Case of the Logon Attempt Failed RDP Connection

When attempting to connect from a Windows 8.1 machine to a Server 2008 R2 machine, using a local admin account on the remote machine, the error message provided was The logon attempt failed, this despite confirming the correct account details were used, account wasn’t locked out, etc. 

image 

In the security event log on the target machine, the following information was logged:

 

An account failed to log on.

Subject:
    Security ID:        NULL SID
    Account Name:        –
    Account Domain:        –
    Logon ID:        0x0

Logon Type:            3

Account For Which Logon Failed:
    Security ID:        NULL SID
    Account Name:        soeadmin
    Account Domain:        ******svr01

Failure Information:
    Failure Reason:        Unknown user name or bad password.
    Status:            0xc000006d
    Sub Status:        0xc000006a

Process Information:
    Caller Process ID:    0x0
    Caller Process Name:    –

Network Information:
    Workstation Name:    ONE8-A12BCDEFG
    Source Network Address:    –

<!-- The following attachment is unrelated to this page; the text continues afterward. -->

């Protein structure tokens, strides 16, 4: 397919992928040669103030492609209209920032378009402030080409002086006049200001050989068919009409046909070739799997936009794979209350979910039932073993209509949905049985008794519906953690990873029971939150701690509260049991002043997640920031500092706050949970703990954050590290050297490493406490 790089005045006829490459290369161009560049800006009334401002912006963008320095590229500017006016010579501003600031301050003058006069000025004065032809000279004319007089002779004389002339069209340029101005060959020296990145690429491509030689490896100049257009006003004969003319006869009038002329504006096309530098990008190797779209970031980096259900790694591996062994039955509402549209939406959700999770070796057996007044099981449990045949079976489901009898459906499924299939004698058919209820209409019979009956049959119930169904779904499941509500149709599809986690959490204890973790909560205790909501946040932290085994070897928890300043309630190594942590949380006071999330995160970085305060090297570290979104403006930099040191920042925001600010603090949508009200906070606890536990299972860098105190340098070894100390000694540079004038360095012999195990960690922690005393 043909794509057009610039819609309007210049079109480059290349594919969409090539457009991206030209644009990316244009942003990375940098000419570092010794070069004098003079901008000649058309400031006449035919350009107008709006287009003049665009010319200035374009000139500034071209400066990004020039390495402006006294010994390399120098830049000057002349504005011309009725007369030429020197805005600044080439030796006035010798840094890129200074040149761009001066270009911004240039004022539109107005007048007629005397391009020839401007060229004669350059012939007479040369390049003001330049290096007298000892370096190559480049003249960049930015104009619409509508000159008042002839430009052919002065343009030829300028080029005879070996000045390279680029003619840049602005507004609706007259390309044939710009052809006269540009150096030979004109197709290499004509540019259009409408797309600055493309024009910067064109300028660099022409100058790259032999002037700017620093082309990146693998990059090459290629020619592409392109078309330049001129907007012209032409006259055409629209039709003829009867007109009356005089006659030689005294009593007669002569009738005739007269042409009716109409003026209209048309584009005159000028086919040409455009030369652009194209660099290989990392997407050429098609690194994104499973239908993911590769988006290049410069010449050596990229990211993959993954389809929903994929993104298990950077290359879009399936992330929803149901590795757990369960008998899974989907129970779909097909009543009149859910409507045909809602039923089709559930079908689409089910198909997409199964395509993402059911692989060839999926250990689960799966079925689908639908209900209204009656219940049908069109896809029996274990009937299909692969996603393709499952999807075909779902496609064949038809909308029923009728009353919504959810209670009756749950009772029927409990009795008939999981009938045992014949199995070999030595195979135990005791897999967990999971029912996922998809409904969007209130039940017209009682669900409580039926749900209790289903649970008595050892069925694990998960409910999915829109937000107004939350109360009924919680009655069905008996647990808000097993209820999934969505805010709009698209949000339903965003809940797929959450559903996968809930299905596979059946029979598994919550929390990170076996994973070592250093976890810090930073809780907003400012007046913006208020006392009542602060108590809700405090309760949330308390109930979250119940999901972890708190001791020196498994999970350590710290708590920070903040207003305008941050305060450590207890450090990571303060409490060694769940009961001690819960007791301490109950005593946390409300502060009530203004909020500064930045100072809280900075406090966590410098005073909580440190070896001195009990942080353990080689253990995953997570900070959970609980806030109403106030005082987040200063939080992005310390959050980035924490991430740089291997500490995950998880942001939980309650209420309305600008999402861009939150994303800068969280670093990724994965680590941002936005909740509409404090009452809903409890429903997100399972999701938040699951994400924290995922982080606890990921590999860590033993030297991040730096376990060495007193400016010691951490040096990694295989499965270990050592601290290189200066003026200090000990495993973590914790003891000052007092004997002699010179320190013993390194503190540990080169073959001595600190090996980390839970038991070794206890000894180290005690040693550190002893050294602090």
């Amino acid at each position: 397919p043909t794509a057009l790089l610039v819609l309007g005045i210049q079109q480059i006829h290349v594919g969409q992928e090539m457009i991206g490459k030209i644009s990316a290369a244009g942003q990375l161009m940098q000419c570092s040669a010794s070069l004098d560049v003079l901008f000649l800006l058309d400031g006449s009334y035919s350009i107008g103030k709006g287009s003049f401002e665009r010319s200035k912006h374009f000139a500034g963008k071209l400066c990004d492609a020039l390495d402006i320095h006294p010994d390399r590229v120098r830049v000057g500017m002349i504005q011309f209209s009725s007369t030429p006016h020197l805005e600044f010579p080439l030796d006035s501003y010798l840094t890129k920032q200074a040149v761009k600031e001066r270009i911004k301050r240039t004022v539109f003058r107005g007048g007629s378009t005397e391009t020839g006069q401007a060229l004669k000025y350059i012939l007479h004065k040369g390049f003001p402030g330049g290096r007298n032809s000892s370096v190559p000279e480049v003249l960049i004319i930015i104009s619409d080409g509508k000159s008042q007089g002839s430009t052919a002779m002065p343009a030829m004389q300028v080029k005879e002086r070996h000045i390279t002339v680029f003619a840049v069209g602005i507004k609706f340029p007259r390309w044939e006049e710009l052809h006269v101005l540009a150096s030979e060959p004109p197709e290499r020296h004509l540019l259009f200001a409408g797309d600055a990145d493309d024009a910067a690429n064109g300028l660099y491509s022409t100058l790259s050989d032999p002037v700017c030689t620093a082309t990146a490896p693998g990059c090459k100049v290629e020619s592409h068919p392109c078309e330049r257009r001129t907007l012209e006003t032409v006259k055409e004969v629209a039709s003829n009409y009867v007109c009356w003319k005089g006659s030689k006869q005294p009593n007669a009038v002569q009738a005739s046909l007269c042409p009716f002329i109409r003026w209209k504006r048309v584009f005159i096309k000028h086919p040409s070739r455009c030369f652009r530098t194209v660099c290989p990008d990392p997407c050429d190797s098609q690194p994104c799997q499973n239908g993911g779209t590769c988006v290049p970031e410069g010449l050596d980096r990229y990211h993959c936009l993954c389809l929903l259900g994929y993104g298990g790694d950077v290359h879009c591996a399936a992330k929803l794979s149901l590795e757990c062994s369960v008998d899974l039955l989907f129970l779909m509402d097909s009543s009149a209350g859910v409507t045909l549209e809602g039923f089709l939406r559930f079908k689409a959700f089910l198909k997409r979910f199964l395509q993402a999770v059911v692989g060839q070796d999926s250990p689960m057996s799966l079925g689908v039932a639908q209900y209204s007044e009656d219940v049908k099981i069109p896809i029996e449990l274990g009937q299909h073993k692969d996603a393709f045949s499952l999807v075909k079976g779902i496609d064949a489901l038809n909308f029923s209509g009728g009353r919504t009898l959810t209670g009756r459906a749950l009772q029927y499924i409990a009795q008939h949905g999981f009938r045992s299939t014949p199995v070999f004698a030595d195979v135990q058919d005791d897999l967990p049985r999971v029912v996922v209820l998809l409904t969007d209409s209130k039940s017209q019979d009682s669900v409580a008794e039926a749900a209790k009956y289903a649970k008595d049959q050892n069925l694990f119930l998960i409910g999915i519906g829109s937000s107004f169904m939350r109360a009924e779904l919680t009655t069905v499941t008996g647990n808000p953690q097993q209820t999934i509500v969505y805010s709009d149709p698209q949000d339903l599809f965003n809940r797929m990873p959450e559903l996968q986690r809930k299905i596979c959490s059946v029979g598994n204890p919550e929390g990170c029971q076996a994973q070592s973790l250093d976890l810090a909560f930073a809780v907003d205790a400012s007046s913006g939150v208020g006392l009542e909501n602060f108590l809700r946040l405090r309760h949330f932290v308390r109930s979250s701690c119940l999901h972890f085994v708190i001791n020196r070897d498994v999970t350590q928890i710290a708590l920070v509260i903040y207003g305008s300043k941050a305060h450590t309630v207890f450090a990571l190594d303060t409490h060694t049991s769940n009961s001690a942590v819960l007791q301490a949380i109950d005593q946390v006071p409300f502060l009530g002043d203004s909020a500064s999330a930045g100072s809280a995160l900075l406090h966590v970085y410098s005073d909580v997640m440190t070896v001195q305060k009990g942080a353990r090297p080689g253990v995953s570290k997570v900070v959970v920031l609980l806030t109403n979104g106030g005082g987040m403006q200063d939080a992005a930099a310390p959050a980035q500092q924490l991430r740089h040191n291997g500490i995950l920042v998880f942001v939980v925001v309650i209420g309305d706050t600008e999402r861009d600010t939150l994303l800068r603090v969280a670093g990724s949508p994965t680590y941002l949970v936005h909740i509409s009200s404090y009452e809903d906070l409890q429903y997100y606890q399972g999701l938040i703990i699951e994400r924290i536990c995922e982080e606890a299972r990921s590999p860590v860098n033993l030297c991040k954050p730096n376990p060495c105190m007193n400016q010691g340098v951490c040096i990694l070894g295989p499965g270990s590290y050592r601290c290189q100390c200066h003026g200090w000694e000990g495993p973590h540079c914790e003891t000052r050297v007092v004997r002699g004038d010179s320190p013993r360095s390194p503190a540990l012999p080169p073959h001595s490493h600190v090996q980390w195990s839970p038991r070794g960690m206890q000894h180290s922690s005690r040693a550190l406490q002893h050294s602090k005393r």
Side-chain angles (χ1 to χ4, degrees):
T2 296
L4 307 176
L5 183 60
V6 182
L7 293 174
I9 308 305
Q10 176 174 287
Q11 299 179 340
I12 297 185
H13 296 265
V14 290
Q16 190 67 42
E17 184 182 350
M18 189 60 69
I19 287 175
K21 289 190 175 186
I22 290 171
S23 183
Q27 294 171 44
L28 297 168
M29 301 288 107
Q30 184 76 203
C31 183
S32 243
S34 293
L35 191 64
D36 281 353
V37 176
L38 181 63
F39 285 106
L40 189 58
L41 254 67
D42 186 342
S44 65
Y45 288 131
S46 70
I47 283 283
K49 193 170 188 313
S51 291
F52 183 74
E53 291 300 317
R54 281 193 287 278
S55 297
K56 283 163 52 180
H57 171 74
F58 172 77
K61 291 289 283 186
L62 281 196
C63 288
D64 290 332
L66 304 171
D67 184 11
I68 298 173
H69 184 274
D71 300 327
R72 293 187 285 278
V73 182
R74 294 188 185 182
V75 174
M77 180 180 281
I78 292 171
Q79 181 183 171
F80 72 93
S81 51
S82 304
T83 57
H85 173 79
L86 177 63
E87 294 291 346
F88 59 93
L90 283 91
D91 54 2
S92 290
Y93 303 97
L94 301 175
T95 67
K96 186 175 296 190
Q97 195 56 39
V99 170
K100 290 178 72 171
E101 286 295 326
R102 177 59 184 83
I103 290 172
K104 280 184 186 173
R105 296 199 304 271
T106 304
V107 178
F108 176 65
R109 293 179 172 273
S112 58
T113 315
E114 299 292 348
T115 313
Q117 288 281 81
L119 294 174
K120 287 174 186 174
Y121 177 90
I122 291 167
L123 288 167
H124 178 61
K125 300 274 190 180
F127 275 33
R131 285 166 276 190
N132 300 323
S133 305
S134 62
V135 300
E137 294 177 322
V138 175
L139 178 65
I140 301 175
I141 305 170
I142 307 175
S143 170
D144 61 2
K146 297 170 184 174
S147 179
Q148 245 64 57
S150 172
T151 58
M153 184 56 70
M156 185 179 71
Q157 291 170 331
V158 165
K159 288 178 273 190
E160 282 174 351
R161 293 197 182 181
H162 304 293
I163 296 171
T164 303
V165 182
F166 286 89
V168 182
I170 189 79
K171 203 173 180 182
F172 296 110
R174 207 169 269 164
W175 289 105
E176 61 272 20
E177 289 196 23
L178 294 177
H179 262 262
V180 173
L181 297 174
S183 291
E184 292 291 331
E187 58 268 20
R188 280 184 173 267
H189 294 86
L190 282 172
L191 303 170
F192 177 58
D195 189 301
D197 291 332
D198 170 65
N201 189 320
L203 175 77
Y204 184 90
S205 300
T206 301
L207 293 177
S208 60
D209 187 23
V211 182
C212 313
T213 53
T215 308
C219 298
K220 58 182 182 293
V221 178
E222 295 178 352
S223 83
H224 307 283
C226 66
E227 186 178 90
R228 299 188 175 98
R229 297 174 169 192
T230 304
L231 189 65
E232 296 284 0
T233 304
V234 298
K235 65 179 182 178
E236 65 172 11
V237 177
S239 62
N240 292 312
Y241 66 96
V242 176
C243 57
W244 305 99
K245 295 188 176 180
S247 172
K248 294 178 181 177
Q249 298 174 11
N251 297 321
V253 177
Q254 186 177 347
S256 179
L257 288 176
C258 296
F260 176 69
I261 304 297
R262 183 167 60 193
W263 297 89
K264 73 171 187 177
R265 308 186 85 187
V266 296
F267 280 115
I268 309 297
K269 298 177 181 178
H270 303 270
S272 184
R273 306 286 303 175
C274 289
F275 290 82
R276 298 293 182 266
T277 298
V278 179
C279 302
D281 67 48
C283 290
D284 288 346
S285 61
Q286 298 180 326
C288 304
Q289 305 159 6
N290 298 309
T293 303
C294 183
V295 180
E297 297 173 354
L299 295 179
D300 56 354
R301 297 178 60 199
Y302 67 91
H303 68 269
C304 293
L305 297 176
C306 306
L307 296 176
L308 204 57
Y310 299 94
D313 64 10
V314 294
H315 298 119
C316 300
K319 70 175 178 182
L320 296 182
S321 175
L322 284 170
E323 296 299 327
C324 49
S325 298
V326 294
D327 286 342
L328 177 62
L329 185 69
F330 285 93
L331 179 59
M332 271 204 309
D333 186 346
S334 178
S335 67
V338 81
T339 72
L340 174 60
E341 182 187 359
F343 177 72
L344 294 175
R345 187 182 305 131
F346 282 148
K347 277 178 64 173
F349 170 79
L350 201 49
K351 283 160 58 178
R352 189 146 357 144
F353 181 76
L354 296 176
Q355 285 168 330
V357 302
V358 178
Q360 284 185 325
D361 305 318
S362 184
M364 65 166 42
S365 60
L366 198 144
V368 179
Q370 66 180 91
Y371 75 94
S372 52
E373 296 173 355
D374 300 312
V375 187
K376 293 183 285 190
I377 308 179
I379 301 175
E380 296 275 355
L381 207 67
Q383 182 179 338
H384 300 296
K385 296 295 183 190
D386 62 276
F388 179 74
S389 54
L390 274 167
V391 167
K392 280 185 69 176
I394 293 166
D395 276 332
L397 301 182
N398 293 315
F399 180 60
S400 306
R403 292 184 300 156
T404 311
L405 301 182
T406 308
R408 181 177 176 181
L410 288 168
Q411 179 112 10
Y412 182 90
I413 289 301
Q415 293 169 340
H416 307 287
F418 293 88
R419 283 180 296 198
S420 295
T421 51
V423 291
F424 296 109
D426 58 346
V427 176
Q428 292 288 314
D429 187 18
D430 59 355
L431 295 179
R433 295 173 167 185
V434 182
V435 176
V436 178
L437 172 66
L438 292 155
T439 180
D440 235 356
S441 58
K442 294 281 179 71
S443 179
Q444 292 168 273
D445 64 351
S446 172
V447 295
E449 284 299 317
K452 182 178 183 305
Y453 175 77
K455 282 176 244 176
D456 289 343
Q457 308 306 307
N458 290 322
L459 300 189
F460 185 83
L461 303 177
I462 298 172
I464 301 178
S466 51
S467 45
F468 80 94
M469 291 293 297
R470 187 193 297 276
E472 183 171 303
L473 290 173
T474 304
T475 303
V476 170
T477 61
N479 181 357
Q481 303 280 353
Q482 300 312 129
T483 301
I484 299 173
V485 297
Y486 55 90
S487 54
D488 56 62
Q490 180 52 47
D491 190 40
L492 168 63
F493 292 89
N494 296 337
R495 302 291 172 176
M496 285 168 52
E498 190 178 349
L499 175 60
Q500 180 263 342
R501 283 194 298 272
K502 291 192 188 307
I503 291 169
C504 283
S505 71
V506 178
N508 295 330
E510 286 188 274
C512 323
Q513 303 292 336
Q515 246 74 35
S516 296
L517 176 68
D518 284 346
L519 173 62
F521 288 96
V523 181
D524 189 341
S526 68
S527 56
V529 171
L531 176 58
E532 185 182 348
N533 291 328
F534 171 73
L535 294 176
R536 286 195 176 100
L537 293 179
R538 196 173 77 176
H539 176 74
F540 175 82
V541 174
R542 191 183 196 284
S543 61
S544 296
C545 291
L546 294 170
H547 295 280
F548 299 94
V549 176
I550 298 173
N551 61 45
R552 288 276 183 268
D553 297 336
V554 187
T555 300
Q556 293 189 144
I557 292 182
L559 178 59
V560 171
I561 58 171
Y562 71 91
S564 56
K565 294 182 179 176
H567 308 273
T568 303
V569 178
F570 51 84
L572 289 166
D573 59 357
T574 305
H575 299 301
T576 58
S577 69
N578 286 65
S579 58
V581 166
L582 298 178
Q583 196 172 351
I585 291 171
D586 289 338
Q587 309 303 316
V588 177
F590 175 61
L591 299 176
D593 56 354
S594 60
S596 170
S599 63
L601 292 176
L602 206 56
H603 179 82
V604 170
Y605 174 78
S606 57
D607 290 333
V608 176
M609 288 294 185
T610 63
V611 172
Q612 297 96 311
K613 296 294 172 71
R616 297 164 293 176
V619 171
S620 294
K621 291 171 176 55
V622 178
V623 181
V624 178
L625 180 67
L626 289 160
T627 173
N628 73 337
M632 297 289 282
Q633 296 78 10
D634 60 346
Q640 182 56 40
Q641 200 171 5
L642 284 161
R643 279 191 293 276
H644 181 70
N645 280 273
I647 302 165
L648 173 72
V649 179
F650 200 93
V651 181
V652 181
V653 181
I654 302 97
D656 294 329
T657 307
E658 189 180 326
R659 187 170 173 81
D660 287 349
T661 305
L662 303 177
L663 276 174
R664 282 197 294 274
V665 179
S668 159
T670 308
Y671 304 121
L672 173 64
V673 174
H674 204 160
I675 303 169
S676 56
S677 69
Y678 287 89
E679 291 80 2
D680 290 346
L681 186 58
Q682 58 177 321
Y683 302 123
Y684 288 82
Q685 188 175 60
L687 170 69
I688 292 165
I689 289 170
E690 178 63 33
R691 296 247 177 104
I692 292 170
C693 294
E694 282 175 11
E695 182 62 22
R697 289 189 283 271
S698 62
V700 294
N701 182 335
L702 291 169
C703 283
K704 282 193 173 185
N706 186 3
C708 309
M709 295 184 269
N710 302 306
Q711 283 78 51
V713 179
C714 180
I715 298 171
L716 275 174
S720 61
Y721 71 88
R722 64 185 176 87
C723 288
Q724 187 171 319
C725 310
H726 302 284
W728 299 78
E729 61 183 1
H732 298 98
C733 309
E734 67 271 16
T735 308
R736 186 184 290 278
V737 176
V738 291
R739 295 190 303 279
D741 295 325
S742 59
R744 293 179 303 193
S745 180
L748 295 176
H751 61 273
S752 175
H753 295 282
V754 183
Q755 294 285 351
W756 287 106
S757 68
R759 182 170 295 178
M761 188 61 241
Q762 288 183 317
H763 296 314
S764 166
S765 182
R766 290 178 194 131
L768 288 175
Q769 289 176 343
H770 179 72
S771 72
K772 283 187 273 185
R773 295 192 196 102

Source Port:        –

Detailed Authentication Information:
    Logon Process:        NtLmSsp
    Authentication Package:    NTLM
    Transited Services:    –
    Package Name (NTLM only):    –
    Key Length:        0

This event is generated when a logon request fails. It is generated on the computer where access was attempted.

The Subject fields indicate the account on the local system which requested the logon. This is most commonly a service such as the Server service, or a local process such as Winlogon.exe or Services.exe.

The Logon Type field indicates the kind of logon that was requested. The most common types are 2 (interactive) and 3 (network).

The Process Information fields indicate which account and process on the system requested the logon.

The Network Information fields indicate where a remote logon request originated. Workstation name is not always available and may be left blank in some cases.

The authentication information fields provide detailed information about this specific logon request.
    – Transited services indicate which intermediate services have participated in this logon request.